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Part autobiography, part instructional manual, The Chalupa Rules offers readers of diverse cultural backgrounds a universal message of success and fulfillment in the career of your choice.
Mario Bosquez, nominated for a James Beard Award for Excellent in Broadcasting, lived the Chalupa Rules and shows us all how we can do the same.
Posted August 1, 2005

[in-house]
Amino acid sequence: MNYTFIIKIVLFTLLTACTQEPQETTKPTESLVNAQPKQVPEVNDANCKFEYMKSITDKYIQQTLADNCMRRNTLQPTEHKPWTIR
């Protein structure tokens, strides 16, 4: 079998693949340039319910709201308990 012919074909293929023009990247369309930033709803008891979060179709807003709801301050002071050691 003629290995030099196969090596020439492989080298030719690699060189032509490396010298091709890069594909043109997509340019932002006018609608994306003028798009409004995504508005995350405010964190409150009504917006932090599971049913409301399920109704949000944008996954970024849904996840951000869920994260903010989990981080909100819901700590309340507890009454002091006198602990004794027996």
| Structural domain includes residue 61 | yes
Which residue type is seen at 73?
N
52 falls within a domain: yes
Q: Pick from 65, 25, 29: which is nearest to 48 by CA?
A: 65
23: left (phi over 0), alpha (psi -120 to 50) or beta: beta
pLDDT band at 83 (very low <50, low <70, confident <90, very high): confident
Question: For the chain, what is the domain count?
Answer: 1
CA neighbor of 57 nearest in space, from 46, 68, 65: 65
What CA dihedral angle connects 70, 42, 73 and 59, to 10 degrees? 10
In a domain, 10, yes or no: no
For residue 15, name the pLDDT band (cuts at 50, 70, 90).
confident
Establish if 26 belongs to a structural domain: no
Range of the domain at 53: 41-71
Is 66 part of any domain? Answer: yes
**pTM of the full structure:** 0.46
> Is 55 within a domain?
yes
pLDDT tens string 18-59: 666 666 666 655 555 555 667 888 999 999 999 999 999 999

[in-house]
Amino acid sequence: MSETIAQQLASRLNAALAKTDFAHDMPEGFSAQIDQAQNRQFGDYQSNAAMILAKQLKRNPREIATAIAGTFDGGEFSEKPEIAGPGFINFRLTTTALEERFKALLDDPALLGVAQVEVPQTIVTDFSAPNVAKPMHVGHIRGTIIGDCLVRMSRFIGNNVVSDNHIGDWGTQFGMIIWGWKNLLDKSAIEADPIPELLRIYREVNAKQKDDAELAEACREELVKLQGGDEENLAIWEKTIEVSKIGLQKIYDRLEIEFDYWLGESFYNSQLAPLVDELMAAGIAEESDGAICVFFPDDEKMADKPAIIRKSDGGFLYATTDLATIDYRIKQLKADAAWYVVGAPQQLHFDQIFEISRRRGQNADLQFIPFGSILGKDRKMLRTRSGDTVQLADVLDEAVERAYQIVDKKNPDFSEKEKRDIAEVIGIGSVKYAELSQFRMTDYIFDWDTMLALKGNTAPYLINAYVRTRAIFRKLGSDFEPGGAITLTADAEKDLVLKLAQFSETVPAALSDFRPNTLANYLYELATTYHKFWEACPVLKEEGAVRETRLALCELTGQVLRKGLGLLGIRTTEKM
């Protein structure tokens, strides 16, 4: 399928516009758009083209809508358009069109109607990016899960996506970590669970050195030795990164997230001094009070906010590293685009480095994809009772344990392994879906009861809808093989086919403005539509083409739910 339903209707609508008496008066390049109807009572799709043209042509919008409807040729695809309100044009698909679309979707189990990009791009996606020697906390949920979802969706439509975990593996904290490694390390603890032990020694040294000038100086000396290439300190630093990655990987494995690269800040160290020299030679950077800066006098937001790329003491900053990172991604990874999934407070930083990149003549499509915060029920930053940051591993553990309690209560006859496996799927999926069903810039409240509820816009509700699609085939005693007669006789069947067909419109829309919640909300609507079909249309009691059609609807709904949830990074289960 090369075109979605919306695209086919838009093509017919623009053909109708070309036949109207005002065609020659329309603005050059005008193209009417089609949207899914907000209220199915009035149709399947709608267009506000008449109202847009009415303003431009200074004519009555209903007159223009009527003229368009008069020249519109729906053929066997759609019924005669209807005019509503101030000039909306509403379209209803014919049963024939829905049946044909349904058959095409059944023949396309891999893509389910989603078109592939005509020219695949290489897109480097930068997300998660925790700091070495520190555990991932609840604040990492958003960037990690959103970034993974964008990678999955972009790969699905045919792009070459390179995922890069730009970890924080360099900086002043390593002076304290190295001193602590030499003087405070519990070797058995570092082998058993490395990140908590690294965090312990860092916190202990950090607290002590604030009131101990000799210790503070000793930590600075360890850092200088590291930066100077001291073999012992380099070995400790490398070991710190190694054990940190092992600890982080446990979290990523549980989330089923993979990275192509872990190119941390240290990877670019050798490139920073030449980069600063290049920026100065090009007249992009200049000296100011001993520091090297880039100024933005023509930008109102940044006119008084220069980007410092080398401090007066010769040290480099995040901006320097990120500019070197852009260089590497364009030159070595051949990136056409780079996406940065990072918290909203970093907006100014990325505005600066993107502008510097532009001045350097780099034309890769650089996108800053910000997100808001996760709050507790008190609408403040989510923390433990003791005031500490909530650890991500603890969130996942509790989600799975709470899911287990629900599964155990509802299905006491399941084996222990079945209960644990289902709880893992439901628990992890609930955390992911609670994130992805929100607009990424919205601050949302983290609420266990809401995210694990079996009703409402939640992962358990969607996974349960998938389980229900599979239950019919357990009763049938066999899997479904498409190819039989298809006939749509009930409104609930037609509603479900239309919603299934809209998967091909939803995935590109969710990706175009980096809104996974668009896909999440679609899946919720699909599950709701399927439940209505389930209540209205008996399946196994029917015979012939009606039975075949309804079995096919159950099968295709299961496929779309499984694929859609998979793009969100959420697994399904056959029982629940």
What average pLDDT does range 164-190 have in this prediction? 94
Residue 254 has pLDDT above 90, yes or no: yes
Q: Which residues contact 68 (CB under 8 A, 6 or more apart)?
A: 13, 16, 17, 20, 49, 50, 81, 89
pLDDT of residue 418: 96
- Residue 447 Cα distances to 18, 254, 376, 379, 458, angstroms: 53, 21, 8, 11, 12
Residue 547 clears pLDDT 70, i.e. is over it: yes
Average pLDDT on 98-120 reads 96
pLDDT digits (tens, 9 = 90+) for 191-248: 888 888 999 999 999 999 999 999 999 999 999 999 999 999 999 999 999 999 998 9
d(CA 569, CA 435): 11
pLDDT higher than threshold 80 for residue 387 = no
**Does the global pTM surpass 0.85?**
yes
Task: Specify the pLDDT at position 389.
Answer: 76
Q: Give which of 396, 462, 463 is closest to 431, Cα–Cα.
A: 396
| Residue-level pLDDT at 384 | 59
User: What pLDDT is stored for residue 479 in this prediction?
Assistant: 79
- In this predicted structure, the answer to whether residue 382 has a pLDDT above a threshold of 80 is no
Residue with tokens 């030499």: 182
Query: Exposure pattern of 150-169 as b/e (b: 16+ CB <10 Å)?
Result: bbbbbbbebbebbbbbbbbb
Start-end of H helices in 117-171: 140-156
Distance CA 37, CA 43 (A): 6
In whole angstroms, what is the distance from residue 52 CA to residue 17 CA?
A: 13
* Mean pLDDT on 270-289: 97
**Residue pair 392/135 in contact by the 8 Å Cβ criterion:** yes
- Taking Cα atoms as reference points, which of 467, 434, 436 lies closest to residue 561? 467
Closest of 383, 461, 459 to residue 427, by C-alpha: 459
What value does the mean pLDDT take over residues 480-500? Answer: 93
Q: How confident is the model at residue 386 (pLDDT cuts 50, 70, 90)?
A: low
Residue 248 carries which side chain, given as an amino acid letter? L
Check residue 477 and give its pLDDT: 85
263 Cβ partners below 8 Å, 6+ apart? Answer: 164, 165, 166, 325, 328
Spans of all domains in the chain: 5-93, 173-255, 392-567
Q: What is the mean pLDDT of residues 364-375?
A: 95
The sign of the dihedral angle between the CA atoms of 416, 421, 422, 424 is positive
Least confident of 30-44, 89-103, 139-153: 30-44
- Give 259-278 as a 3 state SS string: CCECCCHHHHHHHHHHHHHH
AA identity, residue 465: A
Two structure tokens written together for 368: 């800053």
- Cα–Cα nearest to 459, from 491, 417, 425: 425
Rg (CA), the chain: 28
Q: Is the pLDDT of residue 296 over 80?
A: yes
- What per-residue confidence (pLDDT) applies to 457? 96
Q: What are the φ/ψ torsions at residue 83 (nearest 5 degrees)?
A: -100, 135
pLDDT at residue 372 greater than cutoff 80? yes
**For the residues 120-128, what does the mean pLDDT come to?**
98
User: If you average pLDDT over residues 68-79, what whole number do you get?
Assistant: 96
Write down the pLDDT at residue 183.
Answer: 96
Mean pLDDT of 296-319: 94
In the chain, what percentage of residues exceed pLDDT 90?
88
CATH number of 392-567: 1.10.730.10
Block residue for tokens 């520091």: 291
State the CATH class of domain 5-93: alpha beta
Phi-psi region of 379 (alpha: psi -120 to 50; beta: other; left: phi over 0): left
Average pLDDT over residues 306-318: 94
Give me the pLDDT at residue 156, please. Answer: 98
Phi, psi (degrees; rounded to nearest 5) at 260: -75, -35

Growing up ¿Chicano¿ in the west side of San Antonio in the 1960s and 70s, my whole life seemed to be shaped by dichos, curanderas, and public assistance. In my barrio, inundated with brothers and sisters, friends and primos, tios y tias, and of course, Uncle Sam--representing governmental authority at the city, state and national level--I was never alone, yet I always managed to get into trouble to the delight of everyone around me. At night, if I didn¿t fall asleep quickly enough, my mom would remind me that ¿el cucuy se lleva a los que no duermen (the bogeyman takes away those who don¿t sleep)¿ foolishly expecting me to fall asleep after filling my head with visions of a terrifying end to my life. If I had a fever or a pain I couldn¿t explain, the curandera (who I¿m sure didn¿t have a license¿medical, drivers, ministry, or otherwise) would be summoned. Upon arrival, she would rub a whole raw egg all over my body, crack it open, pour it in a bowl, and place it under my bed. If I felt better in the morning, it meant the magic worked if I didn¿t, it was because I was a bad boy who was suffering for his sins. Speaking of eggs, I remember that the 3rd of the month was always a holiday at my house since that was the day the mailman would bring our authorization letter for food stamps! The visit to ¿la oficina de estampillas¿ was always followed by a trip to the grocery store, where mom would give me my monthly allowance of $5 in the form of a purple food stamp note. I would buy all the junk food I could with the government-issued currency and would not eat anything else until the last crumb was gone. All these images have flooded back into my consciousness after reading Mario Bosquez¿s (no relation¿honest!) ¿The Chalupa Rules: A Latino Guide to Gringolandia.¿ Even Mario has a place in my memories as I remember watching him live a life I longed for as he co-hosted a popular local television show with an attractive female co-star. Lucky devil! Little did I know then that he and I were living a life more similar than not. While the TV screen always projected an image of a suave and debonair gentleman explaining the wonders of the Alamo City, the cruel reality was that he was struggling to support his family¿mother and siblings--while living in a government sponsored FHA 235 home. Bosquez has taken his life experiences and has crafted what he calls ¿The Chalupa Rules,¿ using dichos (proverbs) as inspiration to overcome poverty and a childhood surrounded by domestic violence and alcoholism. For those of you unfamiliar with a ¿chalupa¿ (and no, I don¿t mean the tasty food concoction made with a fried corn tortilla coated on one side with refried beans and topped with grated cheese and chopped lettuce and tomatoes), it¿s a Mexican version of bingo, more commonly known as loteria. A caller pulls a card from a deck which contains a colorful imagery¿a rooster, a hand or a man holding the world, among others¿and calls the names of these items in Spanish--el gallo, la mano, el mundo. Players use pinto beans to mark the squares on their playing card and the first one to cover all the images on their card wins. The book contains 30 homespun rules for success that still ring true in today¿s world of the all-knowing internet. Among other things, Bosquez will gently remind you that the devil never sleeps, that it¿s okay to sleep on important decisions, and that there¿s no harm in proudly waving the banner of your identity. ¿The Chalupa Rules¿ is witty, entertaining and prevalent in today¿s world, regardless of race, creed or religion. It¿s written as if your favorite uncle has decided to devote a whole afternoon to you and only you, in order to tell you about the mistakes he¿s made so that they won¿t happen to you. Bosquez is now an anchor in the number one television market in the world, no doubt by following his collection of dichos. Pick up a copy of the book and try on some dichos for size¿see how they transcendWas this review helpful? Yes NoThank you for your feedback. Report this reviewThank you, this review has been flagged.